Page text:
A short stroll from the Murray River in Victoria’s Mildura, close to the borders of both NSW and South Australia, hotel general manager Baljinder Sandhu is frenetically busy. But he doesn’t mind at all.
Today, he has guests booked into over 80 of the 99 rooms in the Quality Hotel Mildura Grand – more than he even had before COVID-19 wrought havoc on the hotel industry worldwide.
“We are very, very busy, and I think it will only get busier when more international guests come in,” Sandhu said, happily. “Lots of people are now exploring their own backyard and seeing what beautiful places we have at home.
“We have higher numbers now than we had pre-COVID and we’re getting so much really positive feedback from people saying they’re definitely going to come back. Now they’ve experienced the hospitality of regional Australia, I don’t think they’ll ever forget it.”
His hotel group, Choice Hotels Asia-Pac, which has 170 hotels across Australia and New Zealand under brands such as Quality, Comfort, the Ascend Hotel Collection, Clarion and Econo Lodge, is now revelling in a country-wide boom, with direct online bookings a stunning 58 per cent up on pre-pandemic figures.
They’re calling it “revenge travel” – the travel you haven’t been able to do for a while, and now you’re back in with a vengeance, determined to make up for lost time.
Kari Hunter, senior director of sales and marketing at Choice Hotels Asia-Pac, said the revenge travel trend was helping fuel a huge uplift in the group’s hotel bookings.
“We’re seeing a lot of people rediscovering what we have here in Australia, as well as reconnecting with family and friends, sometimes meeting at a mid-point regional destination between them,” she said. “Many are also travelling just to escape wintry weather.
“Then we’re seeing so much more interest in experiences, too, like food and wine festivals and sporting events, while ‘bleisure travel’, where people mix business and leisure, staying on longer in a location to get to enjoy it as well as doing business there, is also increasing.”
While in 2019 and 2020, bleisure travellers were tending to stay four nights instead of three, this year that has lengthened to an average of five nights. Choice Hotels reported a 20 per cent growth in revenue per available room in 2022 compared to 2021.
Accommodation Association chief executive Richard Munro said there was definitely a bounce-back occurring across the industry, but bookings nationally were still below pre-pandemic levels. Holding back the return of business were the lack of hospitality staff and the difficulty for international visitors and workers of getting seats on planes, in addition to the expense of tickets.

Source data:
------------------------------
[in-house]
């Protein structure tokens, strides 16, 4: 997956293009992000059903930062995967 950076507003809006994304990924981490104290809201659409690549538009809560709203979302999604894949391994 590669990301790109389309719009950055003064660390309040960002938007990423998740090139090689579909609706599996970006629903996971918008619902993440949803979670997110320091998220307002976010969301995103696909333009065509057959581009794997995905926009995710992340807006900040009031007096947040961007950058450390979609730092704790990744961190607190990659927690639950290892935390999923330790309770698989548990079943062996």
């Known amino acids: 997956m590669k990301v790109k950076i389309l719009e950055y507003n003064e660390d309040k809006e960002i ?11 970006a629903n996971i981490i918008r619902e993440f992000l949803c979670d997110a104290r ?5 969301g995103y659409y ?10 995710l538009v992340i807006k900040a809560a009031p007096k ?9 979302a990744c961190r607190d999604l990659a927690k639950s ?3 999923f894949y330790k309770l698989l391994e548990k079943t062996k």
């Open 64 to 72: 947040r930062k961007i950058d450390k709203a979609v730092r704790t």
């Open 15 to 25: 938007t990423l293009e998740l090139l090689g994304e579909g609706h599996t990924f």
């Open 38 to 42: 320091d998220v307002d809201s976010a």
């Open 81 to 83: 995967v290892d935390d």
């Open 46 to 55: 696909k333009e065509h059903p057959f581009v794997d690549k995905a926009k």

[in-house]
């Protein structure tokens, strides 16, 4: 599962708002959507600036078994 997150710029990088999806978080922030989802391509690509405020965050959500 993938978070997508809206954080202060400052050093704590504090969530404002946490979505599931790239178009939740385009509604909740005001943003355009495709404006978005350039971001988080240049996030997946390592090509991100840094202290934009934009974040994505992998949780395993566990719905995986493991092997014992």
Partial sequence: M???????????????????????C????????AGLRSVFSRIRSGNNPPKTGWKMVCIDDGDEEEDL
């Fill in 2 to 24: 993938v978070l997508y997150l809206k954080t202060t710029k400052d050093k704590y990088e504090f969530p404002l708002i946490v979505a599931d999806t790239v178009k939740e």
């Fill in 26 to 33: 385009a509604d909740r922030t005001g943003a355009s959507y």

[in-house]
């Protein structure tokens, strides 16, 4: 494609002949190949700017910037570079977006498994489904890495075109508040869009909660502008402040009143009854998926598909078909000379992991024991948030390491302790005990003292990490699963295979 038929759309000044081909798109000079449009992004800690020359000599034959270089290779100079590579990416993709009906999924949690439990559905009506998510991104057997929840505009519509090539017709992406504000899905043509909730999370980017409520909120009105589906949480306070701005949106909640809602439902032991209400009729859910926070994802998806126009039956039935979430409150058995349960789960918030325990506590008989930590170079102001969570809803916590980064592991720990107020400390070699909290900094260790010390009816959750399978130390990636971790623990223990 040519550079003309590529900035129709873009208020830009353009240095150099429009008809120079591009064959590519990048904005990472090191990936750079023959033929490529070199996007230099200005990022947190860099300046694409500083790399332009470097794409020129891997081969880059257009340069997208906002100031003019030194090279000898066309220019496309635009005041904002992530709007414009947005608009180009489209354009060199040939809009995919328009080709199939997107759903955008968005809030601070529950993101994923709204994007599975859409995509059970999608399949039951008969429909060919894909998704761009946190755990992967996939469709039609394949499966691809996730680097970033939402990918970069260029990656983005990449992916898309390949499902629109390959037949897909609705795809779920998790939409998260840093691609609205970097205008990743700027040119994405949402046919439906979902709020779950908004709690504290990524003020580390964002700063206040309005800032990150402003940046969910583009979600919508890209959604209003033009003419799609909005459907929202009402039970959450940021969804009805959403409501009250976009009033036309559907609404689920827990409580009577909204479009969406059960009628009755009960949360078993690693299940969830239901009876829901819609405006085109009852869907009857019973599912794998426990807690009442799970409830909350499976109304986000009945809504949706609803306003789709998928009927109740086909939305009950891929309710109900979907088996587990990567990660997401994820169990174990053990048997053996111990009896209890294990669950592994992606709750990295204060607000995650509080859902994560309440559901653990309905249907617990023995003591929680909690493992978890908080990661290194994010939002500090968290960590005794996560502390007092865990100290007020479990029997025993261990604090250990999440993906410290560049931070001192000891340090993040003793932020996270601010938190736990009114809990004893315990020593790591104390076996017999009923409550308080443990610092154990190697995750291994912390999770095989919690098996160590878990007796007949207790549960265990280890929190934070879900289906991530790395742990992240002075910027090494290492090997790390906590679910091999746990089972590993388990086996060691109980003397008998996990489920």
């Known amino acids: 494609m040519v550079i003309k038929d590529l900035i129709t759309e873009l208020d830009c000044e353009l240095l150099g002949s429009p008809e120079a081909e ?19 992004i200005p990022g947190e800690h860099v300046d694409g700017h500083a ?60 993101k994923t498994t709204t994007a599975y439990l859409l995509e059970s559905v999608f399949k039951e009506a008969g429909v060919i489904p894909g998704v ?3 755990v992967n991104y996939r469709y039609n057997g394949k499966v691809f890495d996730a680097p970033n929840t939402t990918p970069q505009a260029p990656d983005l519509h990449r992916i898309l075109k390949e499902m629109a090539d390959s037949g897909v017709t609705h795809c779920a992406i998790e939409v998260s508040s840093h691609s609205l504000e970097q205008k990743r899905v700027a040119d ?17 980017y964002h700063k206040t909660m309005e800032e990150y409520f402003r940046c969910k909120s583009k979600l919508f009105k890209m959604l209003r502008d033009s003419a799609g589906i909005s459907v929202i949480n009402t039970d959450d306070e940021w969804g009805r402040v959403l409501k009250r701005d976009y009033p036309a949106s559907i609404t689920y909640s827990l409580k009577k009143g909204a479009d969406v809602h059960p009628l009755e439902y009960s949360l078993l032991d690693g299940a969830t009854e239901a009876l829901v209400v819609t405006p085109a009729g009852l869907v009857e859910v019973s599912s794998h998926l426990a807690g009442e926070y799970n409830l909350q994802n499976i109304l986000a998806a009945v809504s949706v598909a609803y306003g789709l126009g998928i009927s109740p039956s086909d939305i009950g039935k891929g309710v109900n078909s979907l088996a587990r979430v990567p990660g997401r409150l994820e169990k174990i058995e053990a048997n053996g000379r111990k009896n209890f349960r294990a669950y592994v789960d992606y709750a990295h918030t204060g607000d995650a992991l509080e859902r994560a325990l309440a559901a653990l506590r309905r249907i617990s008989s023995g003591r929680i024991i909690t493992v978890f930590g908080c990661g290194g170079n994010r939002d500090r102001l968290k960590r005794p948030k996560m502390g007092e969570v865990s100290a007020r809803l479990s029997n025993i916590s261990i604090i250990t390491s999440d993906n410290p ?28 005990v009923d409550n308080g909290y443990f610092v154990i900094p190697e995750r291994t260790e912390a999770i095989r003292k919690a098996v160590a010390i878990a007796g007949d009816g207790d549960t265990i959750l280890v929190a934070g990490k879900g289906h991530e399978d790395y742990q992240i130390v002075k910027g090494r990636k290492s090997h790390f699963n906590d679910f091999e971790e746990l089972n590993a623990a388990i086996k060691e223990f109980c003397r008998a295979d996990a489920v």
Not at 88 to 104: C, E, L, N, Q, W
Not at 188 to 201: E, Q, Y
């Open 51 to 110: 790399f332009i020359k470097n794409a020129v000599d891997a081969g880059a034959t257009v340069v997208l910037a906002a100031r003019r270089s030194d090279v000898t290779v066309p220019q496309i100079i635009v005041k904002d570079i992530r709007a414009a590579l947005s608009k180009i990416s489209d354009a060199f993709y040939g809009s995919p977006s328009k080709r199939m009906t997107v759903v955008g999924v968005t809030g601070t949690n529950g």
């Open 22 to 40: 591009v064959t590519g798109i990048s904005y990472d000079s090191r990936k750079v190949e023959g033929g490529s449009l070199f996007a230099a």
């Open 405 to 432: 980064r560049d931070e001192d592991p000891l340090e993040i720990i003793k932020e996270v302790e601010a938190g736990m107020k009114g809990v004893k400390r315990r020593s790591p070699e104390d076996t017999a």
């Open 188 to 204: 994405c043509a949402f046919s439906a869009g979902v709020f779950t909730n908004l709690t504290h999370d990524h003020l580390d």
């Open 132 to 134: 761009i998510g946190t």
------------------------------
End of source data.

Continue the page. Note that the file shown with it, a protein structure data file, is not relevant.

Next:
“We’re not quite there yet,” Munro said. “But the June long weekend dramatically helped and the school holidays gave us a boost and is helping drive the growth.
“But what’s also stymieing us also is the slow return of the corporate market. It’s started to come back in July but it’s well down on pre-COVID levels. I think people aren’t back in their workplaces yet, and then not back in conferences and hotels as much as before either.”
At Event Hospitality and Entertainment, which owns and operates more than 70 hotels, including Rydges Hotels, QT Hotels & Resorts, Atura Hotels and JUCY Snooze, as well as a collection of independents, director of hotel and resorts operations Norman Arundel said booking levels across the board had jumped, but they were still not quite back to what they once were.
“Demand is strong and, since restrictions lifted, the domestic leisure market has been going well and travellers have come back in the last three months in quite a big way,” he said. “Our airport hotels are full again with the corporate recovery and chaos at airports, so people are choosing to stay the night before they travel.
“There’s still a way to go with business travel. We’re seeing the SMEs [small-to-medium enterprises] travelling but the big customers like the banks aren’t yet. But there are some really good rates and promotions out there, with upgrades and meals included, and we’re expecting travel to continue to bounce back strongly.”
Coming out of COVID restrictions, the first signs of recovery at Event was with leisure traffic into regional areas, then leisure traffic into the cities and now corporate traffic back to CBD hotels.
At the same time, a spokesperson for hotel group Accor said, “we continue to see strength in the domestic travel market”.
For Choice, the busiest areas are now Bendigo, Mildura, Sydney, Newcastle, Canberra, Armadale, Bundaberg, Townsville, Cairns and Albany. It’s confident this trend will continue.
“I think the prices of travelling internationally, with the cost of airfares, as well as factors like mask-wearing, queues at airports and baggage going missing are playing on everyone’s minds at the moment,” Hunter said.
“So it’s easier to travel domestically and Australia is a very attractive destination, with customers choosing trusted hotel brands.”